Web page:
Announcement

Collapse
No announcement yet.

Small debt advice

Collapse
X
 
  • Filter
  • Time
  • Show
Clear All
new posts

    #16
    Definitely cut down the amount that you spend on food. Find ways to frugally receive food. You'll have to go out of your way, but you'll end up happy.

    Comment


      #17
      Everyday I track how much I spend on food. I have gotten it down from over $680 a month to a projected amount around $250 a month, for the last 2 weeks (Ive only done it for 2 weeks, but by the end of the month I would have likely spent about $250)

      Comment


        #18
        The participants on SA want you to avoid the various money mistakes we've experienced and get the best bounce possible from your net income. I'd like to focus your attention on the interest rates that adds to your debt, SL, CCs, Auto, Motorcycle, Laptop etc. 2nd, you need an emergency fund, life happens and having cash to cover reduces stress. I suggest starting with $ 1,000. and building from each pay until you have at least two months of basic expenses.

        3rd. given you are just starting out, [new job, new apt, new car, new furnishings etc] you need control of cash flow aka budget. It's easy to have imaginary envelopes holding predetermined sums for each expense category. Group #1 takes care of needs, [rent, utilities, food, loans {CCs, laptop, motorcycle, auto, SL etc], insurance[s], cell phone, internet/cable, auto operation & maintenance. Group #2 covers wants, entertainment, clothes, vacation, life's fun stuff . Cars, motorcycles, bikes, gym type things but you've already signed contracts... Once assigned sums are spent in it's category, spending stops until next pay.

        Finally, it's popular to 'snowball' major debt. It mean while paying the minimum required on all debt across the board, every extra dollar you can find gets thrown to the lowest debt until it's marked 'paid in full. The next pay moves to the next lowest sum debt, using the dollars formerly used on #1 gets added to regular payment of item #2 plus every dollar you can muster to clear that balance as quickly as possible. repeat and repeat until your income again belongs to you !

        Wishing you every success

        Comment


          #19
          Update:

          I went from:
          American express: $6,600
          Discover: $300
          Chase: $3,150
          MacBook: $1,500
          Motorcycle: $2,900
          Car: $26,500

          To:
          American express: $2,500
          Motorcycle: $2,900
          Car: $25,500

          In the middle I also took a trip to Europe. I am on track to have all of this down to 0 by February at the earliest and July at the latest.

          Things I did: Reel in the food budget to around 300 - 450, and work extra.

          I adopted the avalanche method, because it makes more sense to me. I love being broke after every pay now though, because I know my debt is a little closer to being gone.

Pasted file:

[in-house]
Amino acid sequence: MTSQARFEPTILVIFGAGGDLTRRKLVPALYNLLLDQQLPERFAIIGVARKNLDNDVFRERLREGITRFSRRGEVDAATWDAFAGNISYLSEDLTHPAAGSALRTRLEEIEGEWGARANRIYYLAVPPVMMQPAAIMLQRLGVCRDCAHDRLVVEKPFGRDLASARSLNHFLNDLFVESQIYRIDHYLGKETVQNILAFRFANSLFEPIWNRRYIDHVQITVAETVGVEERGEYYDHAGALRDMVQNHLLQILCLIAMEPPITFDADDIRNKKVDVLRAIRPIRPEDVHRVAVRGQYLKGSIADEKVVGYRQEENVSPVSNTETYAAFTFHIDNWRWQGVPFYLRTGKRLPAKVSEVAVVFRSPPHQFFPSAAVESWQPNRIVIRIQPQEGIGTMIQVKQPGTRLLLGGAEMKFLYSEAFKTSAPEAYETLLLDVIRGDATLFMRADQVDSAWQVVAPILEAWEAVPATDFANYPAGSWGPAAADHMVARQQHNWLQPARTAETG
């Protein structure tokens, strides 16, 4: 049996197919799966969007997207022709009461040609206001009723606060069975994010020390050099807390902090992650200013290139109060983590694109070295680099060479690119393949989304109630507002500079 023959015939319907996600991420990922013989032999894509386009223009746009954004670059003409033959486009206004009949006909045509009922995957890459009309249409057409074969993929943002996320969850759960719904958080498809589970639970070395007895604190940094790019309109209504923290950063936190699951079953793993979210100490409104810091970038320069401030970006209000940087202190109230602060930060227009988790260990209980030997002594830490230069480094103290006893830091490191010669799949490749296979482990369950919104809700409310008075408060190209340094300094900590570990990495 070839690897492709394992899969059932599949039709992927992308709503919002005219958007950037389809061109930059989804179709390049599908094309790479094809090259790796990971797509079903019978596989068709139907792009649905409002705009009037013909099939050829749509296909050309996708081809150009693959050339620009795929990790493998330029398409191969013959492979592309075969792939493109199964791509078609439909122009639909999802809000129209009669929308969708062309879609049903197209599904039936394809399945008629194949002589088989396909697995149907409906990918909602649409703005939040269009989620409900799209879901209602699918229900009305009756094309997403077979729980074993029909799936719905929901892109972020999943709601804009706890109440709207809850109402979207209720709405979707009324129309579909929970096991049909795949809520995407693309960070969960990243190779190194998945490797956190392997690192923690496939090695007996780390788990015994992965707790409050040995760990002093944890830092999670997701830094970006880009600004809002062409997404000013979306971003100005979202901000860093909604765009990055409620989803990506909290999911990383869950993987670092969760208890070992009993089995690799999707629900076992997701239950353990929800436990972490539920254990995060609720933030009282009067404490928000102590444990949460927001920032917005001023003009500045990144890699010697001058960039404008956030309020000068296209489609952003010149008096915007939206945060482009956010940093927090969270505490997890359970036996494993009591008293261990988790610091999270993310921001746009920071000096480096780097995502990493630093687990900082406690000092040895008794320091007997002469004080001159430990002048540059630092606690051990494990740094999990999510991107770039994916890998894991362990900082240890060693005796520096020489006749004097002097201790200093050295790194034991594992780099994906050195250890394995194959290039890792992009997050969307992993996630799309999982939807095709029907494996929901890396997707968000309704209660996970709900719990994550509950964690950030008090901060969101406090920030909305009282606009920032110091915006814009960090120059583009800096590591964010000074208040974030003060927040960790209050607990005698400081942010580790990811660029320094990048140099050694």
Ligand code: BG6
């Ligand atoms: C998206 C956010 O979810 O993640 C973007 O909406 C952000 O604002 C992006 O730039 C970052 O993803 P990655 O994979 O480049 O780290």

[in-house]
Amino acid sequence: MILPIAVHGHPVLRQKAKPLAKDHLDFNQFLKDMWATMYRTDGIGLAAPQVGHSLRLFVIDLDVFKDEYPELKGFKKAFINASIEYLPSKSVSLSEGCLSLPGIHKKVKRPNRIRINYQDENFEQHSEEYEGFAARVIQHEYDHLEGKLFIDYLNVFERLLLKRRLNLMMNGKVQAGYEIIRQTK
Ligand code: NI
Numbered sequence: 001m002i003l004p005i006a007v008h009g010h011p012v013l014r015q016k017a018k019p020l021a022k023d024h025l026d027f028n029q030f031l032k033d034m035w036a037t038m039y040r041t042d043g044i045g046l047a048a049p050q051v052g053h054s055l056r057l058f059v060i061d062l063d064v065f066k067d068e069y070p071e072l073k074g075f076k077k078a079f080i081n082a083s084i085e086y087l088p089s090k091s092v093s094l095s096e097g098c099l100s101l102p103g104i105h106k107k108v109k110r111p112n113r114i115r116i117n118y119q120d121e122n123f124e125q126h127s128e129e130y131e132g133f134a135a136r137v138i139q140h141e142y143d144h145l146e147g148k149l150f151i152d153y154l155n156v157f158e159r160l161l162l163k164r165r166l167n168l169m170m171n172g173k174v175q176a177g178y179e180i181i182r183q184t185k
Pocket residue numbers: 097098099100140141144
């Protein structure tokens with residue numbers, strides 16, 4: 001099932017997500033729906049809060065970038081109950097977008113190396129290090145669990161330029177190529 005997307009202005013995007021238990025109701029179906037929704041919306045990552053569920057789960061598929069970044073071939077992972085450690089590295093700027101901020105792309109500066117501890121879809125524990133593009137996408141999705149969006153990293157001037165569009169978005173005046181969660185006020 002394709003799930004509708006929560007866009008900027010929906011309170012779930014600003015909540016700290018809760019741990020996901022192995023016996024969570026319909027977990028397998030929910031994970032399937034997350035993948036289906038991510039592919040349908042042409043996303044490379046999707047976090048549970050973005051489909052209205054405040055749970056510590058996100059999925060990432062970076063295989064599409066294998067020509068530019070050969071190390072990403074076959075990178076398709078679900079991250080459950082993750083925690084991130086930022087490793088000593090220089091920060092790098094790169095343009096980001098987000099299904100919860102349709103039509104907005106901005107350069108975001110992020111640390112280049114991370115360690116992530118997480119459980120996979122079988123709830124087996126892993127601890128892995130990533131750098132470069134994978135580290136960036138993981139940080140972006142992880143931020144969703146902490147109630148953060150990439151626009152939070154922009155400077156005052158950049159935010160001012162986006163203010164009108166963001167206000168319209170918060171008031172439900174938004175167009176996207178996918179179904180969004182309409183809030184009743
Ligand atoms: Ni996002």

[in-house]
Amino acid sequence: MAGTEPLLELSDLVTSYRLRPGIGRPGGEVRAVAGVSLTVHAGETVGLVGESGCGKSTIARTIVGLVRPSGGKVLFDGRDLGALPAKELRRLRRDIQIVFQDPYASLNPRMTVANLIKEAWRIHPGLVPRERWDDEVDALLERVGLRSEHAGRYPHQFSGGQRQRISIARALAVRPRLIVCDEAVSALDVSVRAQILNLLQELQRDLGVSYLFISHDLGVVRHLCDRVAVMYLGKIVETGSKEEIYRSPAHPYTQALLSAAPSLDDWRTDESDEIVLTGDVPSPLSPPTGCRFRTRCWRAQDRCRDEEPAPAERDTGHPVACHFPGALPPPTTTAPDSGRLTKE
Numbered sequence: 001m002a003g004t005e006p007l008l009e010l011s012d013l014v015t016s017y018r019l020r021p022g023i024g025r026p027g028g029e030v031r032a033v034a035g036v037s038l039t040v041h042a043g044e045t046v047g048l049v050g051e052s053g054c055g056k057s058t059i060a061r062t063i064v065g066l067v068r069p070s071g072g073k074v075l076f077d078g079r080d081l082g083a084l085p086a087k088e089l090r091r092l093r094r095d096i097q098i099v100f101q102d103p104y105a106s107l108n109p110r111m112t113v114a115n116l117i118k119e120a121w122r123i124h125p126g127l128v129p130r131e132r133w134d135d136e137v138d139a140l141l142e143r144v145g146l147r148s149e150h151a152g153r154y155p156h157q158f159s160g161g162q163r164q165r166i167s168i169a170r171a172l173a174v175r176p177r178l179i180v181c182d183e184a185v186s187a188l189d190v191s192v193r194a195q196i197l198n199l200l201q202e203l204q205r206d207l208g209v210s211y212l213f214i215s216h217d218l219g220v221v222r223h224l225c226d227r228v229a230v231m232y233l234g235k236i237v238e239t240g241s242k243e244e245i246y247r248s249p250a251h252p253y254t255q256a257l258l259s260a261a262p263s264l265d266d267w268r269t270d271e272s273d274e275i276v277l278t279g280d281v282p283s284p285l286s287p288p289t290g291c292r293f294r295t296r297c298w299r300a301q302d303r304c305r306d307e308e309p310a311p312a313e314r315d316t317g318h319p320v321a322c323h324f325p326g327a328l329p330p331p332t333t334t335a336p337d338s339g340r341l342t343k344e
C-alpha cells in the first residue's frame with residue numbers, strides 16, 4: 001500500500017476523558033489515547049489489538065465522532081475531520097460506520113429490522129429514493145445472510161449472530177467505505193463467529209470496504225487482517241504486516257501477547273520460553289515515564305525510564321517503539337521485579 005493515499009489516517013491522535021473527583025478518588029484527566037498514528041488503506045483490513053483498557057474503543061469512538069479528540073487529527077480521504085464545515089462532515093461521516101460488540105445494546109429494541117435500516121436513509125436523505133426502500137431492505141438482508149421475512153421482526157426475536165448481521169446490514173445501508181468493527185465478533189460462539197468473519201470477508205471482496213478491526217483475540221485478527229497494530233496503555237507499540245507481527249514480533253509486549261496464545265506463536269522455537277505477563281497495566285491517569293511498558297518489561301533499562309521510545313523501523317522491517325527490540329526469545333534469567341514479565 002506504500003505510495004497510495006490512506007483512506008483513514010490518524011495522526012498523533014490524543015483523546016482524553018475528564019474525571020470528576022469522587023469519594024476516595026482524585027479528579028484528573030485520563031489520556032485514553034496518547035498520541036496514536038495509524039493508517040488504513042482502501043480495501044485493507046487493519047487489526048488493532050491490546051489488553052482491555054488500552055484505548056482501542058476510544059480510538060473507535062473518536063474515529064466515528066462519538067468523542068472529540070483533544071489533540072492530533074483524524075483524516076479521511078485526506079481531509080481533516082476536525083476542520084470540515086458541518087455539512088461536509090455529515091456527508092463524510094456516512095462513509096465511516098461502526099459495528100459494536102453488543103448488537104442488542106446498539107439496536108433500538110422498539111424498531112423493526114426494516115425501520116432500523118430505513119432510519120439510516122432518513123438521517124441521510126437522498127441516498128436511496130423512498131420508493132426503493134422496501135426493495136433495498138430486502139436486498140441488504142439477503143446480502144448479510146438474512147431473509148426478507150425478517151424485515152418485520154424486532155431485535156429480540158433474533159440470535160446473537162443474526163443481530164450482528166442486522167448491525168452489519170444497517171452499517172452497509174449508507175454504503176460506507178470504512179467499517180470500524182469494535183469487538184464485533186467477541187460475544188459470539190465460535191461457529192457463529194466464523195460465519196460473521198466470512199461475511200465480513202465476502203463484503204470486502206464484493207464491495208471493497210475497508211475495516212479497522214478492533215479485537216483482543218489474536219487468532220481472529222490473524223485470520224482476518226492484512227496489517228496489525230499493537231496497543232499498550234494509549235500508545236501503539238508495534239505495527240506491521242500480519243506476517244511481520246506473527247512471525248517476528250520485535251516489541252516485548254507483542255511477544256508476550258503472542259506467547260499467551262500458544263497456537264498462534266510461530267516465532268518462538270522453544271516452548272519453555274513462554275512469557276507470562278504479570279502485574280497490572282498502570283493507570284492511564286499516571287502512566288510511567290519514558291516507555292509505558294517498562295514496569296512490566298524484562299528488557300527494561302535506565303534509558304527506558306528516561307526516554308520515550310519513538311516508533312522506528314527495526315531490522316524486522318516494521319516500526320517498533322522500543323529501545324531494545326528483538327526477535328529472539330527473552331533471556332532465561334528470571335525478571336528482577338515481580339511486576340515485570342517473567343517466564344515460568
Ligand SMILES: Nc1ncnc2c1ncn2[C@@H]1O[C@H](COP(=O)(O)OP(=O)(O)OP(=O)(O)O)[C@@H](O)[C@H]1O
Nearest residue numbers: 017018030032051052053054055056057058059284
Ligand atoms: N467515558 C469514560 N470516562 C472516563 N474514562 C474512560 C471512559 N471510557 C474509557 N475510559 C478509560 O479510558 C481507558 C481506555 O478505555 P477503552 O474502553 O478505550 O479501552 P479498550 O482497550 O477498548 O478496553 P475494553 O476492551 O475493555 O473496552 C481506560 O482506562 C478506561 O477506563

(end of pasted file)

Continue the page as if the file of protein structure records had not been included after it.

Thanks for the advice.

          Edit: Also started reading /r/personalfinance and trying to use YNAB (I currently need to reset it every money because I am horrible at entering my transactions, but hopefully this month will be my month!)
          Last edited by zemon1; 10-01-2015, 09:15 AM.

          Comment


            #20
            Thanks for the update. Kudos for using YNAB. Looks like you're managing your money instead of money managing you. I suggest reading The Automatic Millionaire [Bach] or The Millionaire Next Door, easy reads, likely available as an e-book at your library.

            Comment


              #21
              Another Update!

              Another update! I only have about $16k left on the car, all of the other debt is gone, except my student loans, which weren't really factored into all of this. I think I will have the car and the student loans done by this time next year. Then I will start saving for a house, and the full purchase price of my next car (when the time comes).

              Edit: Also I have started reading The Millionaire next door.

              Comment


                #22
                Sounds good to me. What a happy thanksgiving.
                LivingAlmostLarge Blog

                Comment


                  #23
                  zemon, kudos for terrific progress and looking at finance through a different lens since initial post in July. At end of 2015 and going forward, I suggest using an on-line Net Worth program of choice [SA's 'Personal Finance' heading {Tom} for an annual update. We want you in control of your money, too many people carry so much debt it blocks future choices.

                  Comment

                  Working...
                  X